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Meares-Irlen Syndrome and testing
 visual_stress - (apostlealex)
06:00pm 23/05/2009
Alexandria posting in Visual stress, Meares-Irlen Syndrome and dyslexia
 Hi, I'm Alex, and I'm new :) 
Last week I decided to take advantage of my college's free dyslexia testing and booked myself in. 
I'd had these sorts of symptoms:
Dizzines/ Nausia when reading and using my laptop
Dizziness/Nausia/Pain when under flourescent lighting (eg; in the supermarket or in class)
Strain in all lighting, and difficulty finding a comfortable lighting (even when just walking around in the daylight I am strained and dizzy)
Migranes/Eye based headaches
Difficulty concentrating
Everything seeming too bright
Difficulty looking at or focusing on anything white, or anything patterned

After talking to the person screening me for a while, he said it sounded as though I had severed Meares-Irlen Syndrome, and that sadly the college couldn't help, but I could get help outside of college. He also gave me a pink filter for my book, which is handy when reading, but obviously doesn't help with the pain the rest of the time!
Well, I've been looking into it, and I've found a couple of ways of doing it. 
I could go for Irlen testing (http://www.irleneast.com), which is going to end up costing me about £300 just for diagnosis, then a further £90 to get any lenses I have tinted, I'd have to also find the money for frames seperatly. 
Or I could have tinted lenses fitted at an optitians using this method - 
http://www.ceriumoptical.com/index.aspx . 
The second option will work out cheaper by at least a couple of hundred pounds, so obviously I'd prefer to go down that route, but I am really worried they'll only be able to help me with glasses for reading....
Is the Irlen testing worth the extra money? Has anyone gone the optitians route with bad Meares-Irlen and found their glasses are fine for wearing all the time and help with everything else (normal day to day walking around, shopping, bright lights etc)?
I've been googling my heart out but just can't seem to find any reviews of either method :(

Any help really is very much so appreciated - I've been suffering with this a long time, it's been really debilitating to the point where I can't even really go out because of the dizziness and nausia spells. 
I've cross-posted a little, I hope someone can help me! 
Alex x
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Mod note
09:36pm 23/05/2009 (UTC)
Gluppit the prawling strangles, there: Mod hat - blue feathery
Hi, welcome to the community. Could you please edit your post so that it's in standard-sized font, as per the community rules?

I'll have a proper look at your post tomorrow (once it's readable!), I'm not too well tonight. Where in the UK are you? I know a couple of specialists in Scotland.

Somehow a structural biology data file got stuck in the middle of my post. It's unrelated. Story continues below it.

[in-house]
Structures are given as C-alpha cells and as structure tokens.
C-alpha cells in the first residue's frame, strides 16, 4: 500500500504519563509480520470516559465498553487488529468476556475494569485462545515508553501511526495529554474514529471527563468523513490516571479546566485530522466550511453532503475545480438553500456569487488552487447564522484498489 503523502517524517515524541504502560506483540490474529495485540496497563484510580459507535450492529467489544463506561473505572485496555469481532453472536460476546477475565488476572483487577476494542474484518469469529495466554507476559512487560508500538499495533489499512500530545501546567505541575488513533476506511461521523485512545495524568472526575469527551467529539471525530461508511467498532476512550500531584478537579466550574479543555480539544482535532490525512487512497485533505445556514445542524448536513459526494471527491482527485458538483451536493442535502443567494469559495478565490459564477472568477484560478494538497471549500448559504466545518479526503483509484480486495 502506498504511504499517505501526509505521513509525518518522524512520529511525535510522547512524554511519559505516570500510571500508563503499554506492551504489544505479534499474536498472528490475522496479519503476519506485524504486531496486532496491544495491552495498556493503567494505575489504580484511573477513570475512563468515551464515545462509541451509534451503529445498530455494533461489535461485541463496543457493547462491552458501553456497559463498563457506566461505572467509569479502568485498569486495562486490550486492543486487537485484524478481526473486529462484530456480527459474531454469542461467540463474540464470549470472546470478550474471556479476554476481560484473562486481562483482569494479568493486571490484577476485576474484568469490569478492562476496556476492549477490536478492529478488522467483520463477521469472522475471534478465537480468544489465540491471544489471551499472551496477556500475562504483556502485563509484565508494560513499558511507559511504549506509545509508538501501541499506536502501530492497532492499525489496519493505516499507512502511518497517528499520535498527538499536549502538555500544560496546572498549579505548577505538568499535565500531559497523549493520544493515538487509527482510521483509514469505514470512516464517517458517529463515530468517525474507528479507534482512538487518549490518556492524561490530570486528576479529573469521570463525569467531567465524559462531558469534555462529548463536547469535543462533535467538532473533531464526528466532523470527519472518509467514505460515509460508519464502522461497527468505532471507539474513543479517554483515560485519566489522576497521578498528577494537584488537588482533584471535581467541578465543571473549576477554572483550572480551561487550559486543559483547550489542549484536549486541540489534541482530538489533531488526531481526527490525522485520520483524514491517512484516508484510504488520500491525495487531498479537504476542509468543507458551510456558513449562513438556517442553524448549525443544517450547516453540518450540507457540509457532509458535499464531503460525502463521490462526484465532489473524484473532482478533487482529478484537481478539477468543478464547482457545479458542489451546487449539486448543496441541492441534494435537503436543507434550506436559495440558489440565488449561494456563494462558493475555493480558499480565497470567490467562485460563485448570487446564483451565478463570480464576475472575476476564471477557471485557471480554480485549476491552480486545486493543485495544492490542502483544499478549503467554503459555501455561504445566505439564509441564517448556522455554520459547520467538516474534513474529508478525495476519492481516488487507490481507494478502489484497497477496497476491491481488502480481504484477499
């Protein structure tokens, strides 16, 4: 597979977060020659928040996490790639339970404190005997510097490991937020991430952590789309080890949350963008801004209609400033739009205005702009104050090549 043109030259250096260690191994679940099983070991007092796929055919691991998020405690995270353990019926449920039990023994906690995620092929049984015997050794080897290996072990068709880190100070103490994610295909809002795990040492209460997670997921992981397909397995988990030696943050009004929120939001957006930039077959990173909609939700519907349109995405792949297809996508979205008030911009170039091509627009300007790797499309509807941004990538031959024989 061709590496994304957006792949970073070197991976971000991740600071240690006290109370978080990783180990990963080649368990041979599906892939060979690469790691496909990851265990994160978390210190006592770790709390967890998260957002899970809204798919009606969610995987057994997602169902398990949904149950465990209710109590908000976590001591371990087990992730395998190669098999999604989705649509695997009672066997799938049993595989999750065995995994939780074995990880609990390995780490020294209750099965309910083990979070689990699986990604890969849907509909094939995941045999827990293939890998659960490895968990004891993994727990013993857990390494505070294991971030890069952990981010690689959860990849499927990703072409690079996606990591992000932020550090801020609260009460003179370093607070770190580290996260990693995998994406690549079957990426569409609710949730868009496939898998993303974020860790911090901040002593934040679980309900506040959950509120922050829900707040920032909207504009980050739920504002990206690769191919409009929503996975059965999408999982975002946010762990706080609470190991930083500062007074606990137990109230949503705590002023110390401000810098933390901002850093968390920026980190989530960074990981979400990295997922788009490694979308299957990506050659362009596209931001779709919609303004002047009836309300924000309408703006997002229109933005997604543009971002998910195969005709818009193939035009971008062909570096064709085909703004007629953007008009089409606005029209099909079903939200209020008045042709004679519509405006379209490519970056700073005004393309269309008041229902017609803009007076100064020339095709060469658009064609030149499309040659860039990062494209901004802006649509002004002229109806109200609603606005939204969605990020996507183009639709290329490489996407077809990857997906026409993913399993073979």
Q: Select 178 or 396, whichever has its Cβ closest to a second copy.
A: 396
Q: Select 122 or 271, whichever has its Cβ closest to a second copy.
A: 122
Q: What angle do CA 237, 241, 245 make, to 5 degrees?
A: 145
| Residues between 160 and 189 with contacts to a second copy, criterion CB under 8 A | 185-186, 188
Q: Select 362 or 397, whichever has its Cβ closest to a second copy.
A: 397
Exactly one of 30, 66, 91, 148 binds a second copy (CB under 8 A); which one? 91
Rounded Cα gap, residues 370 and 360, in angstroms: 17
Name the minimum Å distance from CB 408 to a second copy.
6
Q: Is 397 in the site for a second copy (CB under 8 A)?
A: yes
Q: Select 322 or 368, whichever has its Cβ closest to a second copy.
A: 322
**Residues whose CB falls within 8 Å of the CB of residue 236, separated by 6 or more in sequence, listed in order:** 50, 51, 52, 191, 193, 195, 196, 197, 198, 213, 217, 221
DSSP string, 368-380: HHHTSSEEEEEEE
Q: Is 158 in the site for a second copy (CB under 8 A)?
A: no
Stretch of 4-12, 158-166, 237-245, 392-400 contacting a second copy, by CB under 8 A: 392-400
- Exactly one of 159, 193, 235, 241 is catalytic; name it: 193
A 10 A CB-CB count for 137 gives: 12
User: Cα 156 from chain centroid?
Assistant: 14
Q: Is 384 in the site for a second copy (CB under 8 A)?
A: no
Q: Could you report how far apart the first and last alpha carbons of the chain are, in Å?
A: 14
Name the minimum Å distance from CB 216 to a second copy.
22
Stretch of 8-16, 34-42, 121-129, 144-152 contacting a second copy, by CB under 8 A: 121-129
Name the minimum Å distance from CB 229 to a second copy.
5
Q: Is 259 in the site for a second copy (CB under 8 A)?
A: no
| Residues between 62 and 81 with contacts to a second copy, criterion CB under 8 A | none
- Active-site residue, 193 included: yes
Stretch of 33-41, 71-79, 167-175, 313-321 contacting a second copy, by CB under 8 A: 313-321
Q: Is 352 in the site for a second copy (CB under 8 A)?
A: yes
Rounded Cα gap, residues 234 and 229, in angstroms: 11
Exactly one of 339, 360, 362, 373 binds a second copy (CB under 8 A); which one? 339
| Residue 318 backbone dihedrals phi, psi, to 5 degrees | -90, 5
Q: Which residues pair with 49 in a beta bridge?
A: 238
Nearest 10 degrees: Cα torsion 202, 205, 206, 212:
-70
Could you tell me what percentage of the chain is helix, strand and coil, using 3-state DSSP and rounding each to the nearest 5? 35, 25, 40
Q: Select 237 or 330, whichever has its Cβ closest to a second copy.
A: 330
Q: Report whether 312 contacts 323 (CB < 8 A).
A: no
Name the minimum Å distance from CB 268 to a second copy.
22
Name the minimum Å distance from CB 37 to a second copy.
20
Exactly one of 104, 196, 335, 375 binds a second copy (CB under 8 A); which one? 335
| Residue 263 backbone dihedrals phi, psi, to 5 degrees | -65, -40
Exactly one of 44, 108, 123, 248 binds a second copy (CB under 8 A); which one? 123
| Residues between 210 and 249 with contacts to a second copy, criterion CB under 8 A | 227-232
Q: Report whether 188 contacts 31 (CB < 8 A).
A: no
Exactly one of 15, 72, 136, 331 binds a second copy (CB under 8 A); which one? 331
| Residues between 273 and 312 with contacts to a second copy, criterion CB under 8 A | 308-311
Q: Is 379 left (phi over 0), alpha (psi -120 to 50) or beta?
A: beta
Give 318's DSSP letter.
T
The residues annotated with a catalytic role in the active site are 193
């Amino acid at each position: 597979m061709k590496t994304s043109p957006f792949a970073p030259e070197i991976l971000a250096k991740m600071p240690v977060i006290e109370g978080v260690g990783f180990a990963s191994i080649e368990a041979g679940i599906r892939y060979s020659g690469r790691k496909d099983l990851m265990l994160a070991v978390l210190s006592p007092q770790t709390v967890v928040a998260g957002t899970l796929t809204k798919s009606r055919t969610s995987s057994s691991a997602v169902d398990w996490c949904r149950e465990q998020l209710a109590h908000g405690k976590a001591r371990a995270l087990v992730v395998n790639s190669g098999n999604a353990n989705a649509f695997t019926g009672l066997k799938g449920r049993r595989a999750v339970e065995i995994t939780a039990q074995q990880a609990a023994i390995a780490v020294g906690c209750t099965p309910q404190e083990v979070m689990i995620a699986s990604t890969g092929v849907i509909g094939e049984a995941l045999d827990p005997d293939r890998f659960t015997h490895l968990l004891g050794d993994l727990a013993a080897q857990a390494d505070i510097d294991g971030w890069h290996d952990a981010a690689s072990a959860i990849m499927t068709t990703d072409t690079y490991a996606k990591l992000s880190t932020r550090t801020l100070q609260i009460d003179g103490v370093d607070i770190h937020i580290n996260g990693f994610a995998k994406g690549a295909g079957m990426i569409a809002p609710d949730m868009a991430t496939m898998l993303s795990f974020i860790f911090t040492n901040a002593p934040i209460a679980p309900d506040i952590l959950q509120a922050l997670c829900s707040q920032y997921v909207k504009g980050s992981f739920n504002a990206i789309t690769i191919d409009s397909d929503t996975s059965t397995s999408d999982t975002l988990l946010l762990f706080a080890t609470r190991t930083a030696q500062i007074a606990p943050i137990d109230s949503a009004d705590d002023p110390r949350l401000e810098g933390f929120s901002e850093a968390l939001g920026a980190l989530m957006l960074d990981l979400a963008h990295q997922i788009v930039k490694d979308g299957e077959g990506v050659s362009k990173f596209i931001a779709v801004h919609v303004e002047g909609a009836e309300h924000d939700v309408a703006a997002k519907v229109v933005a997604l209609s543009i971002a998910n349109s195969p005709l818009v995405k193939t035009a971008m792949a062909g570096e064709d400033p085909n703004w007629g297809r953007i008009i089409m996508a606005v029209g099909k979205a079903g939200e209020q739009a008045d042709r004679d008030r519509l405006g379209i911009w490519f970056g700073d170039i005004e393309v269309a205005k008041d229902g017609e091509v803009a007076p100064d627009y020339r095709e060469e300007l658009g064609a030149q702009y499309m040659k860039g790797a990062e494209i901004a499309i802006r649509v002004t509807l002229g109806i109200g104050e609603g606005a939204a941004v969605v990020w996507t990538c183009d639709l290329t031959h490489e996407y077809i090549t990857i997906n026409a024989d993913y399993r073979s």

picword: Mod hat - blue feathery
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Re: Mod note
10:07am 24/05/2009 (UTC)
I'm really sorry, but that's all set on default!
I've had a look through the Lj FAQ's, and there seems to be no option to change the font (I've been with lj for about 7 years and never done it! lol).
So I'm not sure what you would like me to do, should I just enlarge the font?
Also, I'm in Suffolk. There are a couple of specialist Irlen testers that I've found, and quite a few opticians who can do the colour testing, but I just don't know which to go for!
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Re: Mod note
11:02am 24/05/2009 (UTC)
Gluppit the prawling strangles, there
If you could enlarge the font and check it by viewing in the normal LJ style, that would be great. Otherwise we're going to have to keep growing and shrinking the font when looking back and forth between the post and the comments. Your comments are coming up fine, though.

Would you be kind enough to work out why this is happening, or at least tell me anything you reckon is relevant? I'm planning to have a big discussion here about what LJ could do to make it easier to read, and if font sizes are coming up crazily without intention or remedy, that's going to be high on the list.
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Re: Mod note
11:18am 24/05/2009 (UTC)
I've made the font larger - sorry again about that, I hope it's ok now!
I've had a dig around, and I can't find any font settings for my journal theme, which is unusual. I'm guessing perhaps the theme I am using changes the default font setting? I am currently using "Bonjour Chatette" if that helps - but I plan to change themes now you have brought this to my attention :)
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Re: Mod note
11:46am 24/05/2009 (UTC)
Gluppit the prawling strangles, there